The pot calling the not-quite-kettle black
The Physicians Committee for Responsible Medicine came under fire recently for suing fast food chains like McDonald’s and Burger King for serving grilled chicken containing carcinogens. The slam came from the Center for Consumer Freedom, which calls PCRM a “phony ‘physicians’ group” who would “rather save lab rats than cure cancer and AIDS.”
In its pursuit of “truth,” the CCF has created websites like PhysicianScam.com, as well as FishScam.com and Trans-fat Facts.com, where it refutes information about the dangers of eating fish and trans-fats-containing foods—information it says has been fabricated by the “food police”—and promotes their consumption instead.
The group calls PCRM “animal rights zealots” and “radical animal rights activists.” And CCF’s director of research, David Martosko, used the lawsuits as an opportunity to scare people away from a plant-based diet: “The federal government and the American Cancer Society agree that there’s nothing dangerous about eating a chicken sandwich. But letting animal rights activists slowly force us into vegetarianism could be hazardous to everyone’s health. The last time I checked, Americans were getting sick from spinach, not grilled chicken.”
Right. While we’re all concerned about the E. coli contamination of spinach and lettuce, let’s not forget the source of that contamination: the manure of farmed cattle. (Now it’s thought that wild pigs could have spread the bacteria in the cow’s manure. A sensible conclusion since it does less harm to profits to cull wild animals than farmed ones…though now even wild boar are finding their way into someone’s wallet.)
As for the group’s claim that PCRM is not what it appears to be and that it has an ulterior motive for advocating vegetarianism and veganism, how about this: Richard Berman, who runs the Center for Consumer Freedom through his PR firm, Berman & Co., has served as a lobbyist for Steak & Ale Restaurants, and his company has ties to Ruth’s Chris Steakhouse, Sutter Home Winery, Philip Morris (which owns Kraft Foods and Oscar Meyer), and, oh yeah, National Steak & Poultry. So it’s not surprising that CCF advocates eating chicken despite PCRM’s carcinogen-revealing tests. (Let’s not even discuss the fact that the 53rd death from bird flu just occurred in Indonesia, bringing the total to 148 deaths and 253 cases of bird flu worldwide.)
CCF’s motives for advocating a poultry- and meat-based diet are pretty clear. So what does PCRM gain from promoting a plant-based diet—apart from the health and welfare of humans and animals, of course? If the CCF is worried about conflicts of interest, it should focus instead on people like former FDA chief Lester M. Crawford, who, in addition to owning shares of Johnson & Johnson, Merck, Pfizer, Medtronic, and Boston Scientific, had stock in Embrex, “an F.D.A.-regulated poultry biotechnology company where he formerly served as a director.” Crawford also had a stake in Pepsico, while he was chairman of an FDA “Obesity Working Group that among other tasks was reviewing calorie content labeling for soft drinks. At the time, prosecutors said, [he and his wife] held 1,400 shares of Pepsico worth at least $62,000, as well as 2,500 shares of Sysco, which specializes in supplying food to restaurants and institutions, worth at least $78,000.”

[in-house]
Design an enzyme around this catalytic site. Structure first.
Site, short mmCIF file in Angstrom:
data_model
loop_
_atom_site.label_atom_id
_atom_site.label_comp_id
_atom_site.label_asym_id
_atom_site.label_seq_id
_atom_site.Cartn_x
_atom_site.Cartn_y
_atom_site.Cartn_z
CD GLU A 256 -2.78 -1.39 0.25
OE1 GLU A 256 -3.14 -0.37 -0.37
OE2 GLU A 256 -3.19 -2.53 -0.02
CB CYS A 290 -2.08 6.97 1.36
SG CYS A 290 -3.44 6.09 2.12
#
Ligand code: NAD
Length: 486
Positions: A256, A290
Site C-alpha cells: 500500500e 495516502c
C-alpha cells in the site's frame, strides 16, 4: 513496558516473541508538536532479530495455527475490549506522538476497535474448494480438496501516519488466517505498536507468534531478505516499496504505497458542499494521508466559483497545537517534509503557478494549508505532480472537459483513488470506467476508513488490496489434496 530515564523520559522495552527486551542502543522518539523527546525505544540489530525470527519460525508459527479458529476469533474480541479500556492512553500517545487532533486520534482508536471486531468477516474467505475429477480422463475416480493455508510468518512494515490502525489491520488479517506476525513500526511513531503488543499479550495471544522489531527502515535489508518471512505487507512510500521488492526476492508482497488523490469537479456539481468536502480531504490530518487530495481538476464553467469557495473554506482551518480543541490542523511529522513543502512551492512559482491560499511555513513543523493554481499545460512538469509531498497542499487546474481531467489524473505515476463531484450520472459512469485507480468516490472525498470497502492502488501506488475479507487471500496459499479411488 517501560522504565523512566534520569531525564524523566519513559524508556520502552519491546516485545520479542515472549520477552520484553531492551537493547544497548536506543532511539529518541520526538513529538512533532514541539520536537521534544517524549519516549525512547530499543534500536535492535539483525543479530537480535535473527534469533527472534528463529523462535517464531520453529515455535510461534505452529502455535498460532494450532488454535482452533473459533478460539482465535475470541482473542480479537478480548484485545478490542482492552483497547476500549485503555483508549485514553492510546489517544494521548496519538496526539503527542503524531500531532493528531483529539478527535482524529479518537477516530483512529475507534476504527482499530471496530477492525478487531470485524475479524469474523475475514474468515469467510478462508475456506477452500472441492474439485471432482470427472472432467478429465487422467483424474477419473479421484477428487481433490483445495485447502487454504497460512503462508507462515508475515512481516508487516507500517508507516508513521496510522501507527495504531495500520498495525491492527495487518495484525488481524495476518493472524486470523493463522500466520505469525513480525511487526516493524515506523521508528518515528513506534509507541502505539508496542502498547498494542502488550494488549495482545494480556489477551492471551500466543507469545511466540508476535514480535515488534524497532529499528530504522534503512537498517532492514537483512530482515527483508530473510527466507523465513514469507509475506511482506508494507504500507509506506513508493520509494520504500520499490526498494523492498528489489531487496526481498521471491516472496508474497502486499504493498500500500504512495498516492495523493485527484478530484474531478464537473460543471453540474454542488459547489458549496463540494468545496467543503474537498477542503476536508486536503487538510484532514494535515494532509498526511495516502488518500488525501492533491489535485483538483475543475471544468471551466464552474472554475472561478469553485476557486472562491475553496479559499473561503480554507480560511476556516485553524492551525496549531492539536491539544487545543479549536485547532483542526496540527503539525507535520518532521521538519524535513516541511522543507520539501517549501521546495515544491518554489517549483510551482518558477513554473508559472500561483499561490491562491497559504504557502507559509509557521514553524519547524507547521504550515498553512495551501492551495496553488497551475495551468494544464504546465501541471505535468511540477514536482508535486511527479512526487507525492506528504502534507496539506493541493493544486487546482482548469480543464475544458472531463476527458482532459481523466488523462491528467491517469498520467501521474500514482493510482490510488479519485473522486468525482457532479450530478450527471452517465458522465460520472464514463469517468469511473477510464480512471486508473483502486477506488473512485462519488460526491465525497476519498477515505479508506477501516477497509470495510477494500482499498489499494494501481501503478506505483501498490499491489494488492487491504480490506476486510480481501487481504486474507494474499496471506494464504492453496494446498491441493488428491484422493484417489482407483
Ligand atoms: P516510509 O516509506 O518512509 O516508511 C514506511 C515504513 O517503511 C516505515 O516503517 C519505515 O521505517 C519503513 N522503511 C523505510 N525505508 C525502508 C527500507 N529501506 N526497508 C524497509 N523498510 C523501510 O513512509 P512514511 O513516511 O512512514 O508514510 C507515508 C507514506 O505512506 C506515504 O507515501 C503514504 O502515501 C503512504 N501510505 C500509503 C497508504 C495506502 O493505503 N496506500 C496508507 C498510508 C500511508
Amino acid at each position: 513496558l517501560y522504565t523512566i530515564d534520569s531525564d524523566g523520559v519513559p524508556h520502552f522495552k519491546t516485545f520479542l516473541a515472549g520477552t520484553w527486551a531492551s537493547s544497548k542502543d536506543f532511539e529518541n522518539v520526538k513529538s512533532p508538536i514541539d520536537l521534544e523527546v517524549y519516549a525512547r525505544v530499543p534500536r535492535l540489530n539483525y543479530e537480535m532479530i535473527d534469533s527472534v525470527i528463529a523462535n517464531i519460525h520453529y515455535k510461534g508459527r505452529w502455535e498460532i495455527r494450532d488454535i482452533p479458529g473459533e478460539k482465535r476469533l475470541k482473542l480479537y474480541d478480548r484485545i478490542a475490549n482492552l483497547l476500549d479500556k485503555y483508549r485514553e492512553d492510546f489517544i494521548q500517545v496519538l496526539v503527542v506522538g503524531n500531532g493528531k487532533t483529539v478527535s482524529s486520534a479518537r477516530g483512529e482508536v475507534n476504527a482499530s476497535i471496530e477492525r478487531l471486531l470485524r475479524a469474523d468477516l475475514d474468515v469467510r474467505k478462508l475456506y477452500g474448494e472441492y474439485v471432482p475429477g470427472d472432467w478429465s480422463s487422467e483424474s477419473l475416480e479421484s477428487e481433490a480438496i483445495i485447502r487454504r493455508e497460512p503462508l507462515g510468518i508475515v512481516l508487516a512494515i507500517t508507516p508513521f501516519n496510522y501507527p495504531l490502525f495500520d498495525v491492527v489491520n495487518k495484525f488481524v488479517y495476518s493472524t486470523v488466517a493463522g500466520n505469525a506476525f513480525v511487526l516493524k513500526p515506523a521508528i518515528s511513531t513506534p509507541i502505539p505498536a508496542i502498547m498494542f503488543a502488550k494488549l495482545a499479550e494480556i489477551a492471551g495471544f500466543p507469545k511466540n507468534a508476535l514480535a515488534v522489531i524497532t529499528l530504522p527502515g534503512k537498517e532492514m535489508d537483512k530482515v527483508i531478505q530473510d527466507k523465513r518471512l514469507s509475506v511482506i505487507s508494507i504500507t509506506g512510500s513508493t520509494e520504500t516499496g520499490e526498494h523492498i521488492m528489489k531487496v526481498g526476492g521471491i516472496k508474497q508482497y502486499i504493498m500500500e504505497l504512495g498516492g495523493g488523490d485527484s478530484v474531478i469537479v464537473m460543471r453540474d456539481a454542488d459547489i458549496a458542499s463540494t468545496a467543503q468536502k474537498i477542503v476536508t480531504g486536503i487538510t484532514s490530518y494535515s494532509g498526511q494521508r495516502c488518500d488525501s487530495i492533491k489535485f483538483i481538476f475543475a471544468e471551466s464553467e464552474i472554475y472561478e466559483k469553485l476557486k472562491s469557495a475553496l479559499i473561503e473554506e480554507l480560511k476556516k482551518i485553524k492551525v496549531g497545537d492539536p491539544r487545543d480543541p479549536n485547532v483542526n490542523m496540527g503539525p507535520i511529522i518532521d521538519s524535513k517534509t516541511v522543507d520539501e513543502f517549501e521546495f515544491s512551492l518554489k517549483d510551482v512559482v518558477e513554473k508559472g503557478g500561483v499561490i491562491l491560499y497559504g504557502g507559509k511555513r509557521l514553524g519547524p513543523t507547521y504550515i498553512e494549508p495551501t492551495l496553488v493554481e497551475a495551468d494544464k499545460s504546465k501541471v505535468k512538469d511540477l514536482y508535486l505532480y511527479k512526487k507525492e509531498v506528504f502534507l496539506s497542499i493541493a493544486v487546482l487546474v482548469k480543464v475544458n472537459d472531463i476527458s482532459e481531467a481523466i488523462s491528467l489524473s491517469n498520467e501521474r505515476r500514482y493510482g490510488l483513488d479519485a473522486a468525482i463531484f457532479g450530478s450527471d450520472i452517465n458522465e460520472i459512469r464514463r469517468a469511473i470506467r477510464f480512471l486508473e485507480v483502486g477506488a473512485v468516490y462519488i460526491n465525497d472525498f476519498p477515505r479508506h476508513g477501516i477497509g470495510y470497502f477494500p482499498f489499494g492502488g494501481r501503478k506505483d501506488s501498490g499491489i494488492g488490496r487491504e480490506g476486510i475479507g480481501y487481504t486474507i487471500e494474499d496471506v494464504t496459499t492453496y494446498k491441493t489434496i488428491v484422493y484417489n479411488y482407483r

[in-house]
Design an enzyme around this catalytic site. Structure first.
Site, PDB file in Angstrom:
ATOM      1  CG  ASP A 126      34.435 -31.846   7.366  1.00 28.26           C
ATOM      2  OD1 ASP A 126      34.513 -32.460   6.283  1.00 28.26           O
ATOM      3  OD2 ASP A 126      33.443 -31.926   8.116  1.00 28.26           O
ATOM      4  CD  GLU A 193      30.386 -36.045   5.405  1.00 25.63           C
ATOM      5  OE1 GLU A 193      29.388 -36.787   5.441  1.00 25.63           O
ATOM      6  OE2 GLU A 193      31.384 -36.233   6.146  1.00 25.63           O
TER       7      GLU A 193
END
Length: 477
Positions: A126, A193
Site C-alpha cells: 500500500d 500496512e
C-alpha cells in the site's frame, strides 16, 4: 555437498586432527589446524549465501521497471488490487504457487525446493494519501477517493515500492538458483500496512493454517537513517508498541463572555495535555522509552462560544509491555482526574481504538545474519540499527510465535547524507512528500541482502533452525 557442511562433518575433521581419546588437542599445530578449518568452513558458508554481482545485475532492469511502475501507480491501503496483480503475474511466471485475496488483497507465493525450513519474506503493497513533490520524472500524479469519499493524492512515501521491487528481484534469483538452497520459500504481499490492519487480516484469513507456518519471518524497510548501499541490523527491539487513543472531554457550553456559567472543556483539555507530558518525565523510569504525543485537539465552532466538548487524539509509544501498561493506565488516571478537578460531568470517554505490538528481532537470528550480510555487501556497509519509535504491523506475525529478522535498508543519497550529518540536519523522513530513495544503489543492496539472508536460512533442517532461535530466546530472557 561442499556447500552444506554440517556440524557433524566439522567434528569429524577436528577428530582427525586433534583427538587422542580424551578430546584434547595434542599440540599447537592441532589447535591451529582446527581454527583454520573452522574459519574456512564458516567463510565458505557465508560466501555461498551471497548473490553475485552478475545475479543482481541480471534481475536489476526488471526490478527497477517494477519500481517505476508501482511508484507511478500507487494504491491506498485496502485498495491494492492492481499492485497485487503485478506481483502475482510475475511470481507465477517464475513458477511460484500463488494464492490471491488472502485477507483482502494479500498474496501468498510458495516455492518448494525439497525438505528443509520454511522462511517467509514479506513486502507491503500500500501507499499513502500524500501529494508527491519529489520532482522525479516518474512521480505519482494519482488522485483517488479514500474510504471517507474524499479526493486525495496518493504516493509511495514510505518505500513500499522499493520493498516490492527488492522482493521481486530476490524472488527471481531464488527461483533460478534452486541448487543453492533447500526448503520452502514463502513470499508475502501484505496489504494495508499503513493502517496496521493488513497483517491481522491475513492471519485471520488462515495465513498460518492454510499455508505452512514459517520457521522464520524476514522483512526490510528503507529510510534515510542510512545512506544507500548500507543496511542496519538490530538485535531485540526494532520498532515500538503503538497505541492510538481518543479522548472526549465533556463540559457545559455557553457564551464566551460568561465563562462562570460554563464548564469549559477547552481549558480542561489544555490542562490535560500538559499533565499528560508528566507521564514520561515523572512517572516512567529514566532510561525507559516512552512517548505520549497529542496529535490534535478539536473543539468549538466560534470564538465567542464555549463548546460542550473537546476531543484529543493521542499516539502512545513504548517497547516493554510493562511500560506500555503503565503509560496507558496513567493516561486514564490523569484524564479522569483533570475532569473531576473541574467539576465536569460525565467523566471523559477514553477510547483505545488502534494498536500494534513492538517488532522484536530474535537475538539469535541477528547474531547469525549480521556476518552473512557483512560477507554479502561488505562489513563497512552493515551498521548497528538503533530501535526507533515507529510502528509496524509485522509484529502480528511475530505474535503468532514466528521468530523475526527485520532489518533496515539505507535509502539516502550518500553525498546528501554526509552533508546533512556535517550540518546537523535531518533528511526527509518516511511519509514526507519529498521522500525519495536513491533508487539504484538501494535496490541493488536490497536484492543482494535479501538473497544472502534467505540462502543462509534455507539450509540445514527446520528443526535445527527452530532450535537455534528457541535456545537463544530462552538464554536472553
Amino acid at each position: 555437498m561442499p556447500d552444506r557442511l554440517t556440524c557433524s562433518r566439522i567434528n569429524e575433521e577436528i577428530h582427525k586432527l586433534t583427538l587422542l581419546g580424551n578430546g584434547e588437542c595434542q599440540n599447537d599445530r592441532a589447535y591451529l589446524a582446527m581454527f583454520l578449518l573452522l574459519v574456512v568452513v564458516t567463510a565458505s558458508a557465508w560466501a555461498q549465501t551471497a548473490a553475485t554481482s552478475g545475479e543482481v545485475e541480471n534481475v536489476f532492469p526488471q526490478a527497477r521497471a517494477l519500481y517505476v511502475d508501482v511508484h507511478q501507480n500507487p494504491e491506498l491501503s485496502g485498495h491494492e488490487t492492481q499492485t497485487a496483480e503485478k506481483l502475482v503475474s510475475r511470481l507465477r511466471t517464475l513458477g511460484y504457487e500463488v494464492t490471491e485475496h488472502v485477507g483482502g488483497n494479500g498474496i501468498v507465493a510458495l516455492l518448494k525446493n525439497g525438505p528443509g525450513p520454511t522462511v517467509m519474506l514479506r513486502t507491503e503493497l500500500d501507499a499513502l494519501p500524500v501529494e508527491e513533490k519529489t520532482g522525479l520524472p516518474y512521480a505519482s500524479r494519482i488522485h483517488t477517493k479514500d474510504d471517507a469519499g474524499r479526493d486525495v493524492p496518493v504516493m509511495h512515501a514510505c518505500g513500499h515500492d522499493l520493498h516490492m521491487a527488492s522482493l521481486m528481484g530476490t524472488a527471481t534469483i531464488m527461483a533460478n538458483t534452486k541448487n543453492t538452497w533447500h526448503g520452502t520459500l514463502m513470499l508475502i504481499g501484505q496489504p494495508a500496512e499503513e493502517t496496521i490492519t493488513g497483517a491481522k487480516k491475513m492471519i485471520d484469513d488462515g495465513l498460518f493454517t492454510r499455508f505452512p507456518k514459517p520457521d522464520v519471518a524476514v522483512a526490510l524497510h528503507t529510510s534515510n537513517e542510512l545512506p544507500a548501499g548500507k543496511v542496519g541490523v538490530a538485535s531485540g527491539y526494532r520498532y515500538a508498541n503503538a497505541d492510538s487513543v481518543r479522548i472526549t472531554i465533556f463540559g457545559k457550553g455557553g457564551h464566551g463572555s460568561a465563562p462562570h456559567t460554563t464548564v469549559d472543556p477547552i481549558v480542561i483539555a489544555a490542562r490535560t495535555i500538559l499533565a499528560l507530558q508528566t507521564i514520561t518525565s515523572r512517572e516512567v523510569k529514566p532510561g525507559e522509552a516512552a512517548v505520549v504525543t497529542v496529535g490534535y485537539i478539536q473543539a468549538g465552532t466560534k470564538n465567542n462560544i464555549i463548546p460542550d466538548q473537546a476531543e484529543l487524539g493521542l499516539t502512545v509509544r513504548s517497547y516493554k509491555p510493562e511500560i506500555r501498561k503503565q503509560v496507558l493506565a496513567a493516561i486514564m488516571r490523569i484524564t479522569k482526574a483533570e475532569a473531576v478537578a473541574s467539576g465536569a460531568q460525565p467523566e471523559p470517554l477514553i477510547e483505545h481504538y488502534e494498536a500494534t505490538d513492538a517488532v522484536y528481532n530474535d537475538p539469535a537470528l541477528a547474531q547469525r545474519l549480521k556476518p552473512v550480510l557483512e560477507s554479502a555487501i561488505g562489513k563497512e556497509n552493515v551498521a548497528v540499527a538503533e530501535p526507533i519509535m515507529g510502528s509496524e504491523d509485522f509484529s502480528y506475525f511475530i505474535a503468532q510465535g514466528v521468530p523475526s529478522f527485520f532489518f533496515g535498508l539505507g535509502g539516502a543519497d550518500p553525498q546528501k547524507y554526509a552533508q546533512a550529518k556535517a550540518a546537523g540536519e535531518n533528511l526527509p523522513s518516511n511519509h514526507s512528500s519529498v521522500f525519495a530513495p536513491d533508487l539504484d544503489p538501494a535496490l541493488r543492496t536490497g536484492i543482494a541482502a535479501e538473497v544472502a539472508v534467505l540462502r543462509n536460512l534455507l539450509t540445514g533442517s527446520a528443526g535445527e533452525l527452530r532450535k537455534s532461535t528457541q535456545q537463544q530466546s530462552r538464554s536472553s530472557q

And what about our government, whose Beef Checkoff Program “was established as part of the 1985 Farm Bill. The checkoff assesses $1 per head on the sale of live domestic and imported cattle, in addition to a comparable assessment on imported beef and beef products. States retain up to 50 cents on the dollar and forward the other 50 cents per head to the Cattlemen’s Beef Promotion and Research Board, which administers the national checkoff program, subject to USDA approval.” Thanks to this program, beef sales are promoted at, for example, the restaurants of the TravelCenters of America chain—and this marketing actually qualifies as “government speech.” No blurring of boundaries there.
I’ve always found it mind-boggling that when organizations like PCRM work to protect human health and alleviate the suffering of other species, some group comes out of the woodwork to attribute nefarious motives to their actions. I guess that’s to be expected when you’re putting public health and interspecies welfare above profits. But then again, it’s not just profits they’re up against; it’s ignorance, too. A PETA campaign that equates feeding meat to kids with child abuse is getting a lot of flak (admittedly, the use of the term “child abuse” is pretty inflammatory). But here it’s doctors who are speaking out against the campaign, citing, among other reasons: “Meat is part of a healthy diet for growing children,” and “…it is irresponsible to—without qualification—discourage them from eating meat.”
Never mind beef’s fat content, and all those hormones and antibiotics. Or that there are other, healthier ways to get the necessary iron and protein. Or that a vegan diet may more effectively treat type 2 diabetes than even oral medications. I admit, there is one thing eating a plant-based diet won’t provide us with: mad cow disease. (And I’ll bet that the U.S.’s decision to run fewer tests for mad cow had nothing to do with the fact that Japan was preparing to resume importing beef from us.) And lest our salads get all the attention, more than 5,000 pounds of beef were recalled due to E. coli recently, following an earlier recall of several thousand pounds of meat as recently as August.
So to Berman and his CCF cohorts, I say, people who live in glass houses shouldn’t throw stones. Especially not carcinogen-laden ones, aimed at people who are working to promote the health of people and the planet instead of lining the meat and poultry industries’ pockets.